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Study Raises Concerns about Actos and Pancreatic Cancer Risks

Actos pills

On the heals of Takeda Pharmaceuticals reaching a multi-billion dollar settlement agreement with thousands of Actos bladder cancer plaintiffs, a new study raises concerns about additional side effects of the drug, including increased risk of pancreatic and prostate cancers.

The study, published in The Journal of the American Medical Association (JAMA) on July 21, surveyed information about diabetes patients taking Actos (or pioglitazone) and potential links to 11 different kinds of cancers. They included records for 193,099 patients 40 years of age or older and looked at data between 1997 and 2002. Researchers took into account the use of Actos, the length of time the drug was used, and the total amount used.

Results of the study indicated that the drug could potentially raise the risk for developing pancreatic cancer by 41% and for prostate cancer by 13%. However, in contrast to previous studies, the researchers found no significant connection between the use of Actos and the risk of developing bladder cancer. Cancer researchers from both the University of Pennsylvania and Kaiser Permanente were involved in the study, which was funded by Takeda Pharmaceuticals.

Concern about Actos side effects and cancer risks

While the most recent study does not suggest a link between Actos and bladder cancer, several previously published works strongly suggest that the diabetes medication may raise the risk of developing bladder cancer. For instance, the British Medical Journal published a study in May of 2012 in which researchers reported that using Actos elevated bladder cancer risks by 83 percent and that such risks increased the longer patients used the drugs.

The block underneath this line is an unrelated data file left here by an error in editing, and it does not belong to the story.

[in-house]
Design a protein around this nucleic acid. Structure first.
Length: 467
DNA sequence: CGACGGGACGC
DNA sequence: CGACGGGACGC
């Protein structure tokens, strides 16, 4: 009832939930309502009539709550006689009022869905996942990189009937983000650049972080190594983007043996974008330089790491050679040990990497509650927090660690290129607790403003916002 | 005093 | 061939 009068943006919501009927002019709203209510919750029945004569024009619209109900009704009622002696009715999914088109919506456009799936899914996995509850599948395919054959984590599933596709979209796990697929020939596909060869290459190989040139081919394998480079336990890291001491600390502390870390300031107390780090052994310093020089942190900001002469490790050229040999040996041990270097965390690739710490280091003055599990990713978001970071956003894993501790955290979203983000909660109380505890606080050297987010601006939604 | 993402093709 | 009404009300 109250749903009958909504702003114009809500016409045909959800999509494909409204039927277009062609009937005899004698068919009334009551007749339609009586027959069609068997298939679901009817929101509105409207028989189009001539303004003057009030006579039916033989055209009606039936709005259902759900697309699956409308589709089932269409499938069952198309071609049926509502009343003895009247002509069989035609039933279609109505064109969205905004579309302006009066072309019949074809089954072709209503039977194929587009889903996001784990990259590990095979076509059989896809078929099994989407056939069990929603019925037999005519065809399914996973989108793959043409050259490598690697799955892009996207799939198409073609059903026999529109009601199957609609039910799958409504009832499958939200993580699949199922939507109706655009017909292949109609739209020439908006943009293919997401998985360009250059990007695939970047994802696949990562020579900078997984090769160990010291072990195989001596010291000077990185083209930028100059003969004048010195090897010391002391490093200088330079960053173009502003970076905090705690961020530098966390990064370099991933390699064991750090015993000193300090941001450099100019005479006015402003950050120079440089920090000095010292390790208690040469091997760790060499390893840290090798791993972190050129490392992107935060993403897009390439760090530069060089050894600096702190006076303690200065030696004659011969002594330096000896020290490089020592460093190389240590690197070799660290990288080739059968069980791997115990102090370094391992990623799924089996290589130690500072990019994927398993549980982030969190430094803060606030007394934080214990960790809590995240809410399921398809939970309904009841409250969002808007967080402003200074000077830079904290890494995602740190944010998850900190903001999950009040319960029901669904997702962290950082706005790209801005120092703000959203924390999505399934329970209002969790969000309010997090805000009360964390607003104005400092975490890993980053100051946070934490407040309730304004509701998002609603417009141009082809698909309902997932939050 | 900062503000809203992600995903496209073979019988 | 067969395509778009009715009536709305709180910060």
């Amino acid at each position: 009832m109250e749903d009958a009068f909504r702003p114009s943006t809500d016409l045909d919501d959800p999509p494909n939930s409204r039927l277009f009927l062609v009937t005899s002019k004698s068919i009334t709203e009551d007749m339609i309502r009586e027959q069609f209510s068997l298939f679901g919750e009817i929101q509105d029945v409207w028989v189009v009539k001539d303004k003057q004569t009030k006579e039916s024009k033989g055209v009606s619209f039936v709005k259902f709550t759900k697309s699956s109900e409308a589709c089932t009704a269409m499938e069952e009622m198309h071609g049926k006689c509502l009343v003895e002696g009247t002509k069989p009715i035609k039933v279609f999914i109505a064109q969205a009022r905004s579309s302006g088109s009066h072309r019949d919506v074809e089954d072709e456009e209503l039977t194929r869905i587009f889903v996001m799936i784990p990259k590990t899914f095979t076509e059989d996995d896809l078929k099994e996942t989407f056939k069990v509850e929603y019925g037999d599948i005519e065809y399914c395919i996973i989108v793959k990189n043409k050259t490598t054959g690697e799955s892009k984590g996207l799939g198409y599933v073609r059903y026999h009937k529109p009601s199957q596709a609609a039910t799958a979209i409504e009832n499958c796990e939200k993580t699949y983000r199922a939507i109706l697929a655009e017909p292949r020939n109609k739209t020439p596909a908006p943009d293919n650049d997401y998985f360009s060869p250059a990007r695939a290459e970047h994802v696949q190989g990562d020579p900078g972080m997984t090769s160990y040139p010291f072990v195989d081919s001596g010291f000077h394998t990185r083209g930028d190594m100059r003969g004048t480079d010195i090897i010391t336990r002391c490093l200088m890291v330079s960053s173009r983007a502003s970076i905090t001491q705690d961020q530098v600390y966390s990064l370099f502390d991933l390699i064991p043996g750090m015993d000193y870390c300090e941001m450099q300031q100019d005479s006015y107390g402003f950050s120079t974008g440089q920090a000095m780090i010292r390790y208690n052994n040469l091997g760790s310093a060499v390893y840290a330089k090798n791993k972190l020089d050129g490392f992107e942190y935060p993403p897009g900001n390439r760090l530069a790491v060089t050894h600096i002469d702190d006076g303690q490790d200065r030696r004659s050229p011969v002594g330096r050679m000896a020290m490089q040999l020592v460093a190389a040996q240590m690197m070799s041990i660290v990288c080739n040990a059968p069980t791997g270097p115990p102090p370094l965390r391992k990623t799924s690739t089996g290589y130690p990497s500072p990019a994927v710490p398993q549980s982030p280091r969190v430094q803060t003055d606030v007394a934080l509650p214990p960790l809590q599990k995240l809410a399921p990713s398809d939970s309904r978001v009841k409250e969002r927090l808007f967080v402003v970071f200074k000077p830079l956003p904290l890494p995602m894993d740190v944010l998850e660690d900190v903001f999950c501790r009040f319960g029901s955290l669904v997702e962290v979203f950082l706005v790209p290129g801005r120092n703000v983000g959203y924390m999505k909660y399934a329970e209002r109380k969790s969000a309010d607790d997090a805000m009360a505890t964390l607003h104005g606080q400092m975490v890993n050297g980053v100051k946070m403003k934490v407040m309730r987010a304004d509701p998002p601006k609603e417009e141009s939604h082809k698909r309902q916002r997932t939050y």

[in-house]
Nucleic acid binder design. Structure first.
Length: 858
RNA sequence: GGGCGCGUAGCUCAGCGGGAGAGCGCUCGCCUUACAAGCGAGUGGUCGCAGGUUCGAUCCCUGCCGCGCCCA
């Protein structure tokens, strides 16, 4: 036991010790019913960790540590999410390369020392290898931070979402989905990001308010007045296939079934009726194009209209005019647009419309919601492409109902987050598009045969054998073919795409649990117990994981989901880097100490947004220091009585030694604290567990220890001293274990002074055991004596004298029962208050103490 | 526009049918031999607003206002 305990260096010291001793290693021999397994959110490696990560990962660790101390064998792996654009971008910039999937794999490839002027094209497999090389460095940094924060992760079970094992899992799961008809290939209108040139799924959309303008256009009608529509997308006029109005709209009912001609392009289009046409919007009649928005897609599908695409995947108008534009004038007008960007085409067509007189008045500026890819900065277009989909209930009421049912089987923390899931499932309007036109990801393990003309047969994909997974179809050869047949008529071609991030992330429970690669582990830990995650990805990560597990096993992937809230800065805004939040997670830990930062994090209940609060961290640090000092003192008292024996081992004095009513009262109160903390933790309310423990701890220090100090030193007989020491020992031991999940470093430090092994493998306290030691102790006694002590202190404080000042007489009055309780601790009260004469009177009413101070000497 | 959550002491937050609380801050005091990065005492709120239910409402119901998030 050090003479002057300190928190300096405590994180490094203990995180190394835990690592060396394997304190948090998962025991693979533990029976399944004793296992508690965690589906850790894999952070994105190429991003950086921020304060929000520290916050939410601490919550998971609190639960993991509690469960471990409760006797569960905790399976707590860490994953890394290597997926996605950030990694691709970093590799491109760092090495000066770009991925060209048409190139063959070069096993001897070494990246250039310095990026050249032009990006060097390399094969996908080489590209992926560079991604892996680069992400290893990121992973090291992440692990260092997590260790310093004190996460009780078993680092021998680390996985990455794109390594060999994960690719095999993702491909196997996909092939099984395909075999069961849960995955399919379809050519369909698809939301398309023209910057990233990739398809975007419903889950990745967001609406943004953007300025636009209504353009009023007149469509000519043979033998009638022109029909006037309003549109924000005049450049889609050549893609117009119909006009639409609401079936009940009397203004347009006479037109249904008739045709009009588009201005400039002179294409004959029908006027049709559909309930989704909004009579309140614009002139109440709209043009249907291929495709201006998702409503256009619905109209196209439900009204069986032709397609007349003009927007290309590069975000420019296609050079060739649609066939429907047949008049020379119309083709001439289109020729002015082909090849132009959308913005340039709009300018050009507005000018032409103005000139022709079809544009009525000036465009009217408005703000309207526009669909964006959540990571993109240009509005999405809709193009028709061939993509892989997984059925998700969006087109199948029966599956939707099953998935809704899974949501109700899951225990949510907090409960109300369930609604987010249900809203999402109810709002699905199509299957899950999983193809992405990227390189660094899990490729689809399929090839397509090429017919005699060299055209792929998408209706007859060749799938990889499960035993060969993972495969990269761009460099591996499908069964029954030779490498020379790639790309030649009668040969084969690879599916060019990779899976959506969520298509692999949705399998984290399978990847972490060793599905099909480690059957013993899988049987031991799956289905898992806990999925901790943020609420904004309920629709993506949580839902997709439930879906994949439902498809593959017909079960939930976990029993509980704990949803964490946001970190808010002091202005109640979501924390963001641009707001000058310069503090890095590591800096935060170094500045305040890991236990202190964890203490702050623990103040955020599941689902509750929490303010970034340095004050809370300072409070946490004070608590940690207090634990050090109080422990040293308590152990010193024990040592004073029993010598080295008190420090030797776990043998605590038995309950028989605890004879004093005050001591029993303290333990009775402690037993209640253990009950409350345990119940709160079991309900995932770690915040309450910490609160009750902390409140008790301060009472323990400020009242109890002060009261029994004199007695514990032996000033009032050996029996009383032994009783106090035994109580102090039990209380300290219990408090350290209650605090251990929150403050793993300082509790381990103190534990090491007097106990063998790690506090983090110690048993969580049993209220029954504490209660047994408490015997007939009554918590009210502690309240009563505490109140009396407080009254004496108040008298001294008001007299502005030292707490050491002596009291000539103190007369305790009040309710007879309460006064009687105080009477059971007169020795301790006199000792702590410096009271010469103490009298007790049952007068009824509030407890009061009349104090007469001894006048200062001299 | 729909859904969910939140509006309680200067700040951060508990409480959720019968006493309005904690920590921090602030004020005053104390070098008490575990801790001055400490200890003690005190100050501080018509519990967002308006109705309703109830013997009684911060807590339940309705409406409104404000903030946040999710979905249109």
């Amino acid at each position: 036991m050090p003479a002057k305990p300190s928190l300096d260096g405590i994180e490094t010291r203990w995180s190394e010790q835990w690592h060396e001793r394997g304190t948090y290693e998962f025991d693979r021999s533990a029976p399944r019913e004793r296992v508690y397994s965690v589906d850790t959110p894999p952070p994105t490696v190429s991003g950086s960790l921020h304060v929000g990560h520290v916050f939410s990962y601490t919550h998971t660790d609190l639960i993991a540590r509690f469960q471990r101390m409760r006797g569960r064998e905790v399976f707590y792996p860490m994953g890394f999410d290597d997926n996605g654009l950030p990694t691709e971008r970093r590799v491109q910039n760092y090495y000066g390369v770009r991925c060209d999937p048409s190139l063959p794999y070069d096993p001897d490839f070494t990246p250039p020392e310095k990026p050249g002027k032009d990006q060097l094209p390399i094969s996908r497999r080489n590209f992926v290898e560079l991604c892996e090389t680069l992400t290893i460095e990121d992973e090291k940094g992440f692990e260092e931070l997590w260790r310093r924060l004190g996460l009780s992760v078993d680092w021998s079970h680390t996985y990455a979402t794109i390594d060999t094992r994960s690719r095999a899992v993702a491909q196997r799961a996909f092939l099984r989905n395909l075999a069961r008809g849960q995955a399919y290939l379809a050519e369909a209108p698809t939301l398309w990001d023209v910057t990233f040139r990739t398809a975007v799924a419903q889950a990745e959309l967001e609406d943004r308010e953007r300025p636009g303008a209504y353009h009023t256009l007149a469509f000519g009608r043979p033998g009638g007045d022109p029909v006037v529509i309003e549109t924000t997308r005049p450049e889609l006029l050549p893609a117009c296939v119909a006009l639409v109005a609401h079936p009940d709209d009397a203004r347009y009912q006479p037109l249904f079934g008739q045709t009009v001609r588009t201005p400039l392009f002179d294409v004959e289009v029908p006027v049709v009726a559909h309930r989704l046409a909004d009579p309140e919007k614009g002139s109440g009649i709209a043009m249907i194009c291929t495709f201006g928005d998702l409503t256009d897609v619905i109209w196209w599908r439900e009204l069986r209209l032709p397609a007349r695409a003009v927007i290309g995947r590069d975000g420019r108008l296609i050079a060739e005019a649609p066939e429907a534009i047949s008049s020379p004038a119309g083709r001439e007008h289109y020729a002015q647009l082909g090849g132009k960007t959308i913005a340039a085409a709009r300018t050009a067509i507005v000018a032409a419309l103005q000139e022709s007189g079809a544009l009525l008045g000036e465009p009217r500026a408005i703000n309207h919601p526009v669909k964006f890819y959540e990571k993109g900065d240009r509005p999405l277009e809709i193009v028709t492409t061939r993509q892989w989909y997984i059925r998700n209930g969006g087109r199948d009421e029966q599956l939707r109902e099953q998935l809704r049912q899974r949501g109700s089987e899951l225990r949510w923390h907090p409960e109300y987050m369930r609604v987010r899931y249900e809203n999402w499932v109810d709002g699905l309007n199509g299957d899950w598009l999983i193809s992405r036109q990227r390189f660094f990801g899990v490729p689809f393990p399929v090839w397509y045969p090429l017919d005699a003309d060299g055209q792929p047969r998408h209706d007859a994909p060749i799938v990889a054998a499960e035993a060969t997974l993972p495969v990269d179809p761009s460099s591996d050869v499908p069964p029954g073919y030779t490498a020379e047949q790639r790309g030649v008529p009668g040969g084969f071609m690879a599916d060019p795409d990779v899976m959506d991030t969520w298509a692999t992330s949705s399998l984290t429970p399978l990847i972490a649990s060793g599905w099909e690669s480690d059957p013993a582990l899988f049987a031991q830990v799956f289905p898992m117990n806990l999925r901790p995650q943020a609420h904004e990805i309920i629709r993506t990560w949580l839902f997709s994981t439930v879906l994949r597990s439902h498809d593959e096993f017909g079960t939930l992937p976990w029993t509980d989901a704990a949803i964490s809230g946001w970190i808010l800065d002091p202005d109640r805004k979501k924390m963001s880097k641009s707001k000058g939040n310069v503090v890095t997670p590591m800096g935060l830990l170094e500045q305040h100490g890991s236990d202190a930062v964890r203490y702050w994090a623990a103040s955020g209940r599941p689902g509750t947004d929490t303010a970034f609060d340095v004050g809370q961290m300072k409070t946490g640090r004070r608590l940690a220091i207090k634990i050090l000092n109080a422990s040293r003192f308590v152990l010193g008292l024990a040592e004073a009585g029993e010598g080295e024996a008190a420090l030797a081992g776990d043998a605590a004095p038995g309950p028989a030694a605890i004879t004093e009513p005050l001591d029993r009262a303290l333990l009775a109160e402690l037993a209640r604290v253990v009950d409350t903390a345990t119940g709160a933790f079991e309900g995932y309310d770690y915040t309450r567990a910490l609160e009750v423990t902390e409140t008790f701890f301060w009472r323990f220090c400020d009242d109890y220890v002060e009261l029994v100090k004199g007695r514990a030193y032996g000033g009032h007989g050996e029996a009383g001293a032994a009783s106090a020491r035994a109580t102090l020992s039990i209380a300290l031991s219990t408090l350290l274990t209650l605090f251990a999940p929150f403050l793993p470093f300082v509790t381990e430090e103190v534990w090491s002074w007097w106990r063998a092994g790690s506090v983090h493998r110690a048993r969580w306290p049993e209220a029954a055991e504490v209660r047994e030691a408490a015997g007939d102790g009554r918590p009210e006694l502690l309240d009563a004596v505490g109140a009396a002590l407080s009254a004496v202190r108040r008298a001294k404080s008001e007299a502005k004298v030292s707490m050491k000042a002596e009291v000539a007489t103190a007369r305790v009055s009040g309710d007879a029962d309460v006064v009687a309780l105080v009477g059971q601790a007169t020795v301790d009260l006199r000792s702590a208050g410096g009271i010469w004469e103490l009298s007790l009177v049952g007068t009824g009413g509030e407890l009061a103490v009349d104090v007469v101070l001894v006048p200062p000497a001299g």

One of the most crucial studies is based on work conducted by Kaiser Permanente and funded by Takeda. The FDA mandated the 10-year study after preclinical trials pointed to more frequent bladder tumors in rats. At the five-year mark, the study turned up a 40 percent increase in bladder cancer risks among Actos patients, which led the FDA to require label changes related to bladder cancer in 2011.

Takeda Pharmaceuticals released a statement at the time of the study’s completion indicating that researchers involved had not found a “statistically significant” link between their drug and bladder cancer. However, the company declined to release detailed results of the study itself.

Takeda proposes settlement with 8,000 plaintiffs

Takeda Pharmaceuticals has only recently reached a significant settlement with plaintiffs who claimed that Actos caused their bladder cancer. In April, the company agreed to a $2.4 settlement with approximately 8,000 plaintiffs who contended that the company had not conducted adequate safety research into its diabetes drug and had failed to warn potential patients or health care professionals about potentially life-threatening side effects of Actos. Each plaintiff involved in the settlement could expect to receive more than $296,000, though that amount could be reduced in connection to factors such as age or smoking history.

In that same month, the company lost a federal Actos lawsuit in which plaintiffs were initially awarded $9 billion by the jury. That amount included significant punitive damages related to allegations that Takeda and its partner Eli Lilly had destroyed pertinent evidence related to bladder cancer risks. The amount of the jury award was later reduced to $37 million in conformity with state laws stipulating a cap on such punitive damages.

  1. JAMA, Pioglitazone Use and Risk of Bladder Cancer and Other Common Cancers in Persons with Diabetes

  2. British Medical Journal, The use of pioglitazone and the risk of bladder cancer in people with type 2 diabetes

  3. ABC News, FDA Warns of Bladder Cancer Risk with Actos

  4. NY Times, Takeda Agrees to Pay $2.4 Billion to Settle Suits Over Cancer Risk of Actos